Social Security is a vital social program that helps ensure millions of retired and disabled Americans, as well as survivors of deceased workers, have enough income to take care of themselves.
According to the Social Security Administration, or SSA, Social Security income is designed to replace about 40% of the average worker's income in retirement. In short, the average worker should plan to have additional sources of income available when they retire, including retirement and investment portfolios, to help bridge the difference between what they earned annually when they were working and what they're now being paid in Social Security benefits.
On a relative basis, Social Security provides its biggest benefits to low-income beneficiaries. The SSA's latest data from November shows that low earners receive about 55% of their pre-retirement income via Social Security benefits. By comparison, a median earner or a maximum earner receive 41% and 27% of their pre-retirement income, respectively, from Social Security.
Social Security as we know it is changing
But Social Security is also rapidly evolving. As baby boomers begin to retire in increasing numbers, there will be a dramatic surge in beneficiaries and a drop in the worker-to-beneficiary ratio. Put another way, the Old-Age Survivors and Disability Insurance Trust (OASDI) will be paying out more money than it's bringing in via payroll taxes.
Another major shift is that we as a nation are living longer than ever. The latest statistics from the Centers for Disease Control and Prevention show that we're living to the ripe old age of 78.8, up from an average of 70 years of age five decades ago. A longer life means more time with family and friends, and it also means a longer period of time with which to collect Social Security benefits.
What all of this means is that change is coming. There's a chance it may not come during our lifetime, but it's very likely that Social Security now won't look anything like the Social Security program that your grandchildren will benefit from. Let's take a quick glimpse into the future and guess what Social Security may look like for them.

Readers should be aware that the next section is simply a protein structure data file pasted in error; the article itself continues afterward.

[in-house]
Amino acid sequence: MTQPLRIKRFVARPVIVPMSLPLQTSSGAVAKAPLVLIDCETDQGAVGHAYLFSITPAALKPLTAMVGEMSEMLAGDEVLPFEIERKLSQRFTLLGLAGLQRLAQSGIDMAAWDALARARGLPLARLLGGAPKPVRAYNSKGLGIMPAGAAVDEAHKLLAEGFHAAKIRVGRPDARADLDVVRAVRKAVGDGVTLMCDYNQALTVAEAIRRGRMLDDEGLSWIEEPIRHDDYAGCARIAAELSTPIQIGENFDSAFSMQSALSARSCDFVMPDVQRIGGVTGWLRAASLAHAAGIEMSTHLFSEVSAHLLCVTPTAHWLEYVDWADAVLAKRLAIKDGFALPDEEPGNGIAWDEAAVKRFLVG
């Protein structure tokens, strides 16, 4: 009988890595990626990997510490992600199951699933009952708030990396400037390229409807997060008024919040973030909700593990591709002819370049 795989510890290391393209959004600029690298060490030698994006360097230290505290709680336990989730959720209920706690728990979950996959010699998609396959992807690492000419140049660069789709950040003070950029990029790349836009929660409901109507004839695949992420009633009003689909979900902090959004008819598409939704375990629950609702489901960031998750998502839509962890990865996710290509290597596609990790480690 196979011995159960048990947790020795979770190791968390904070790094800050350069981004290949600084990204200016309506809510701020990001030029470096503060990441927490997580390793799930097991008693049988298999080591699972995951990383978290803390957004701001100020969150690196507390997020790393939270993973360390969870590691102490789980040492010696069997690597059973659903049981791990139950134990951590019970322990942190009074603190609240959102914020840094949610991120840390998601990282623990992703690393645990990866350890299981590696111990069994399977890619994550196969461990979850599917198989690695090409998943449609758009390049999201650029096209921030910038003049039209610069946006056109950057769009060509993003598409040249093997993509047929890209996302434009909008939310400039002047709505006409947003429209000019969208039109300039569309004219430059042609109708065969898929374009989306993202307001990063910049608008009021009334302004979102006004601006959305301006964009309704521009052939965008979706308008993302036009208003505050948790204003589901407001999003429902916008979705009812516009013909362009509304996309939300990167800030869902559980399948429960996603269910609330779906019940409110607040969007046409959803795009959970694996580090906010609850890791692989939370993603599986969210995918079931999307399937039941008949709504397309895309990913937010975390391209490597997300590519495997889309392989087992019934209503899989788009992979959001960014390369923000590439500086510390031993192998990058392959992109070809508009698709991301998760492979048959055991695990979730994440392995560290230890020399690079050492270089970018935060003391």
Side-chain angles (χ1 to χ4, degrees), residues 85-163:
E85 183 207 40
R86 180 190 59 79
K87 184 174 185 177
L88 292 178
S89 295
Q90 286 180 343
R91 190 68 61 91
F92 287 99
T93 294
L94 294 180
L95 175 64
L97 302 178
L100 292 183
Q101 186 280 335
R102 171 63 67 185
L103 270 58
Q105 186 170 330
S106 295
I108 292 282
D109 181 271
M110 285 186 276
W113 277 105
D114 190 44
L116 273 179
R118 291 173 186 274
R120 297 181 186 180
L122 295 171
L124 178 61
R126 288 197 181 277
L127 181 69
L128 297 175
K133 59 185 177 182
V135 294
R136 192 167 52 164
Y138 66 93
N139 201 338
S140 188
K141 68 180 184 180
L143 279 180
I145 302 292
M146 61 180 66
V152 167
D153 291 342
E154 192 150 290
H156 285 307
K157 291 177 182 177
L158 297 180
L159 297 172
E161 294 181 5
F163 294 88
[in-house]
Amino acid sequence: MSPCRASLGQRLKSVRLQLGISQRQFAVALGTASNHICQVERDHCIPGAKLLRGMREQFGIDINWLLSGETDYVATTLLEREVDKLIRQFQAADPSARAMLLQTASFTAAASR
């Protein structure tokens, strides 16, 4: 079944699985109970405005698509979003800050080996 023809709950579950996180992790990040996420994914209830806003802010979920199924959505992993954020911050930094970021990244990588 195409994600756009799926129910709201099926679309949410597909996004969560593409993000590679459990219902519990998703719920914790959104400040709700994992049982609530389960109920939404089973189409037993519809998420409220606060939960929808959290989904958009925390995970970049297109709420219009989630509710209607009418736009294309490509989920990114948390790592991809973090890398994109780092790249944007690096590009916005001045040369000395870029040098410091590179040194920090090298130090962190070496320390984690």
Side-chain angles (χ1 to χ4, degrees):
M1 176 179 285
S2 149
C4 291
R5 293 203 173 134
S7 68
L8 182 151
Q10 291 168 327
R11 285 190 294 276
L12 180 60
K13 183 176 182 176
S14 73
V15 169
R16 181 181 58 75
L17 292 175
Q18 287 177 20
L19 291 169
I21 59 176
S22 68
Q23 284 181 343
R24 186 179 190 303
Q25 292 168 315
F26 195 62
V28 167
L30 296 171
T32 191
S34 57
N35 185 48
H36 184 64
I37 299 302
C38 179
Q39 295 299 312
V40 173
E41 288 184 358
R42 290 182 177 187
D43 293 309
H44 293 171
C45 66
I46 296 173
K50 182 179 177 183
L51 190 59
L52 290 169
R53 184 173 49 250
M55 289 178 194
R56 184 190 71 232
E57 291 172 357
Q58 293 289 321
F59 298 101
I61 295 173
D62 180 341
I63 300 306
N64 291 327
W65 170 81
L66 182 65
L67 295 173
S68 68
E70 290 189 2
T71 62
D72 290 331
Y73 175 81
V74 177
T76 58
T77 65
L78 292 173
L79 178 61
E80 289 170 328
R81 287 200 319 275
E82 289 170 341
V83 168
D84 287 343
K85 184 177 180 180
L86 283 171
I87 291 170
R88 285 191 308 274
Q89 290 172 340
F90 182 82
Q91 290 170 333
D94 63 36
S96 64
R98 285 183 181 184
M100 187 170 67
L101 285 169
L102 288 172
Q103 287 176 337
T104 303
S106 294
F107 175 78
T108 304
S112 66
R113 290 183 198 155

What Social Security may look like for your grandchildren
The most pressing issue for the OASDI, which is comprised of the Old-Age and Survivors Trust Fund and the Disability Insurance Trust Fund, is that it's on a path to burn through its cash reserves by 2033. This, as mentioned above, is a direct result of a major demographics shift and longer lifespans.
A common misconception about Social Security is that once these cash reserves are depleted the OASDI will then be insolvent, which isn't the case. Workers will continue to owe Social Security payroll taxes, and money will still be coming into the SSA for distribution to beneficiaries. The difference, assuming nothing is done by Congress, is that the benefits themselves will be cut by 23% in order to prolong the ability of the SSA to make payments to eligible beneficiaries.
Cutting full retirement age benefits from 100% to 77% would allow the OASDI to maintain payments at the 77% level through 2087, or an additional 54 years. In 2087 the OASDI would again need another benefits cut in order to continue making beneficiary payments due to a growing number of eligible retirees. With 59 million workers covered by OASDI in 2014, the SSA estimates that by 2090 between 105.8 million and 111.7 million beneficiaries will be covered by the OASDI, and the worker to beneficiary ratio could dip as low as 1.5 from the 2.8 recorded in 2014.